The OECD’s stand of “What is Impact Assessment” [Mar/2022]
Impact assessment is a central tool for policymakers to provide information on the outcomes of policy and regulation. At the end of 2021, the European Commission reconfirmed the importance of the tool by providing an updated version of its framework standardizing impact assessment approaches (see here). But what actually is impact assessment? The OECD tries to answer this question by breaking down the nature of impact assessment and its real-world policy application in its publication “What is impact assessment?”.
The core of impact assessment is found to link causation from an intervention to an outcome while measuring the induced changes along the way. For this, the focus must be on a narrow and well-defined set of impacts to analyse, to allow for detailed effects in a clearly delineated framework. Different than in an evaluation, impact assessment does not aim to give an all-inclusive view or answer policy questions of the bigger picture but instead highlight one set of potential effects in rather isolation. In this exercise, it is especially important to avoid misinterpretation. While one set of effects might be highlighted extensively by an impact assessment, it can come at the cost of unknowingly neglecting other factors. Therefore, the OECD suggests experimenting with the assumptions included in the exercise. Moreover, individual context between observers is likely to vary enough to make “best practice” conclusions almost impossible to establish. The unique role of people and institutions need to be considered on a case-by-case basis. However, this also presents the opportunity to solve issues in different ways without the limitation of only one perfect solution.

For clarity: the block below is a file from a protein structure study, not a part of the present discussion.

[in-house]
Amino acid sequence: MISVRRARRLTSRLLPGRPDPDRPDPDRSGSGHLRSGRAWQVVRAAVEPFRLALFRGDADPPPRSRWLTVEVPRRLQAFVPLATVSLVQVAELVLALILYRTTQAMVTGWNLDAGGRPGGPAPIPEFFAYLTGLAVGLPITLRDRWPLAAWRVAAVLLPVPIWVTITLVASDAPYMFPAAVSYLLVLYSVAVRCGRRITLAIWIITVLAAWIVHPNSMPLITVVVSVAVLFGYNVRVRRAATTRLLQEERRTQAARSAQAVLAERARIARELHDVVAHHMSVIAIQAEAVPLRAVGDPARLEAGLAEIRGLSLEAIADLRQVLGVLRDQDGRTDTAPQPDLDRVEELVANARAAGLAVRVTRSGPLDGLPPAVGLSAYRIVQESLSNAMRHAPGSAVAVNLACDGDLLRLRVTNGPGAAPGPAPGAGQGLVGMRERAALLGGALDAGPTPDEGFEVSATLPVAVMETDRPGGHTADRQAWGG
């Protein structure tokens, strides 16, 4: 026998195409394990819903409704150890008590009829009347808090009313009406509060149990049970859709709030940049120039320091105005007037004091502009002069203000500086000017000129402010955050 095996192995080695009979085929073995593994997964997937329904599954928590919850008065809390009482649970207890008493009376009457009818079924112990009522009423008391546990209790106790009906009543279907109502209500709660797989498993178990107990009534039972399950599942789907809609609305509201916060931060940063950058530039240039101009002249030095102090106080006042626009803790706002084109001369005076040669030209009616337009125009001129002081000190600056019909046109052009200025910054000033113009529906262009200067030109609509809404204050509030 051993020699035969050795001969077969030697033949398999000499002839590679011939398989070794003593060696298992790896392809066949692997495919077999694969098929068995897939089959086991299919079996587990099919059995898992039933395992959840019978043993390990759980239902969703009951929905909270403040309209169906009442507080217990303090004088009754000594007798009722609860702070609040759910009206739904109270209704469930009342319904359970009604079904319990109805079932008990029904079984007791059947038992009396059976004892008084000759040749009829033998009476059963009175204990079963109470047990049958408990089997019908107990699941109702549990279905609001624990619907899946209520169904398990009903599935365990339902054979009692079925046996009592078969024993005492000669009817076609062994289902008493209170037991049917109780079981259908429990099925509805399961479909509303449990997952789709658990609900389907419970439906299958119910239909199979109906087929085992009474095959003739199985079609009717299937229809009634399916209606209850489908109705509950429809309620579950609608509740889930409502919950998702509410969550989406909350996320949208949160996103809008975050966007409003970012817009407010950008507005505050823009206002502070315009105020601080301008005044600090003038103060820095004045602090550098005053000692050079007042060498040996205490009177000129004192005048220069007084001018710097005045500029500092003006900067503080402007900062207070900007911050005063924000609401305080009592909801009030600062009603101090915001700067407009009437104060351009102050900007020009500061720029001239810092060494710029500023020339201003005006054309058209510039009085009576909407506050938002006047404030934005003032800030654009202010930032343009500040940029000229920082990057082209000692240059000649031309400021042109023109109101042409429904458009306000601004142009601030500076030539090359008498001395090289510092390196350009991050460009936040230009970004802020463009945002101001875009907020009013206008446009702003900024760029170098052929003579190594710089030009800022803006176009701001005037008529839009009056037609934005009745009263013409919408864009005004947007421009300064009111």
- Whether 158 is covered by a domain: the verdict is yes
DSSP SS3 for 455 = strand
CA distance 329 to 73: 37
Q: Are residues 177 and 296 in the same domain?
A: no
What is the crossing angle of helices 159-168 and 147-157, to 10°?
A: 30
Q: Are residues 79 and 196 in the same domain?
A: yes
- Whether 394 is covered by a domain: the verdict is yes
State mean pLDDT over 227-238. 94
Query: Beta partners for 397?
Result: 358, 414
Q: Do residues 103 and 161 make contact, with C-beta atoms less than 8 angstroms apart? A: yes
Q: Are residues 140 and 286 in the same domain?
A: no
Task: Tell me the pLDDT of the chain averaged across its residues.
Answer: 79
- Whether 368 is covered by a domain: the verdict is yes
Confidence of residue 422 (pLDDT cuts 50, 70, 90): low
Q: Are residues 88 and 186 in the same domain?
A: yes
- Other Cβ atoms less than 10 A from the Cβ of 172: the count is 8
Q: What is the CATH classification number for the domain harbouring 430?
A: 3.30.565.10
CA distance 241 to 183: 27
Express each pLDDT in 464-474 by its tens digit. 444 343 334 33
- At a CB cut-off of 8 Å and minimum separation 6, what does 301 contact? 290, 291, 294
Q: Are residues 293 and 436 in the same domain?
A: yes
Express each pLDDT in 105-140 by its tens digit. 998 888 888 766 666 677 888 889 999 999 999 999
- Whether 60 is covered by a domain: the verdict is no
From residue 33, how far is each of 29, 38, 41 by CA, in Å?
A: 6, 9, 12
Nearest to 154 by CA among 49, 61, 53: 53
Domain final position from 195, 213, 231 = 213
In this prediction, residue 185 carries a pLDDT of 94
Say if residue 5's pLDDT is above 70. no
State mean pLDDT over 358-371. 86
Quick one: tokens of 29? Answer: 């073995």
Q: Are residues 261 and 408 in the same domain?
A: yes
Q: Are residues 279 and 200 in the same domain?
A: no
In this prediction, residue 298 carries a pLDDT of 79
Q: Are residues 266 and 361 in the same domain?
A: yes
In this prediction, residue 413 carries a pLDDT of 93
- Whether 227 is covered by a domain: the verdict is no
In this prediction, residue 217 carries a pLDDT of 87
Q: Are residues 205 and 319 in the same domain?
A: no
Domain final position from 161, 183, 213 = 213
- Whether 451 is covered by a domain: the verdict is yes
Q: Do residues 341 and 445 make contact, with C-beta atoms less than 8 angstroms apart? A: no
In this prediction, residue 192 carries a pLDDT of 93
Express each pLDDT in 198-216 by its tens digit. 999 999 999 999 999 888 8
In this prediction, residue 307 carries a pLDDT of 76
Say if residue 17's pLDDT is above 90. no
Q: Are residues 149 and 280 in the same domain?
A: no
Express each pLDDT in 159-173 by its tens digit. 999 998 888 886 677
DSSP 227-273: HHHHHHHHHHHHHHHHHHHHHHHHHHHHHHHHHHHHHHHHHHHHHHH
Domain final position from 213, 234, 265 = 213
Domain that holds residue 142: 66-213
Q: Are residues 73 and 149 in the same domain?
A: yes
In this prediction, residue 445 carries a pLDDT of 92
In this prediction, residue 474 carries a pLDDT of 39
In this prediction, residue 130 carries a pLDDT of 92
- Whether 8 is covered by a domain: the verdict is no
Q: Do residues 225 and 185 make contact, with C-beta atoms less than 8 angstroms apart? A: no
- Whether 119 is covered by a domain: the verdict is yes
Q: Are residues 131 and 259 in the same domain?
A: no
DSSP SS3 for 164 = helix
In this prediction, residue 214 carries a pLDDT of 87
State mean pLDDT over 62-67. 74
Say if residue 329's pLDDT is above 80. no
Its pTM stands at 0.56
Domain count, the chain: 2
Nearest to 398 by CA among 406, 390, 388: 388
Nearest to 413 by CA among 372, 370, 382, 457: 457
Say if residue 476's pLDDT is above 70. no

Two common applications of impact assessment in public policy are defined:
- Ex-Ante requires policy cycle analysis beforehand to inform policy makers of future, expected effects of current interventions
- Ex-Post evaluates the previous policy cycle and tries to understand to what extend an intervention managed to address the issue it was intended to address.
However, the OECD raises the question whether our general interpretation of impact might not be in line with its actual application anymore. Given the assumed linear relationship between research and society (in which changes in research are the cause for changes in society), it makes sense to anticipate that impact assessment causes the desired outcome. However, the paper suggests reverse causality between the two factors and a range of additional unaccounted influences that are neglected in the current models. One should acknowledge that “the mechanisms of impact are likely to be diverse; certainly one generic story about how impact occurs will not fit all circumstances”.
The full document with detailed information can be found here.
For the OECD follow-up publication “What is Impact Assessment? Mechanisms”, please click here.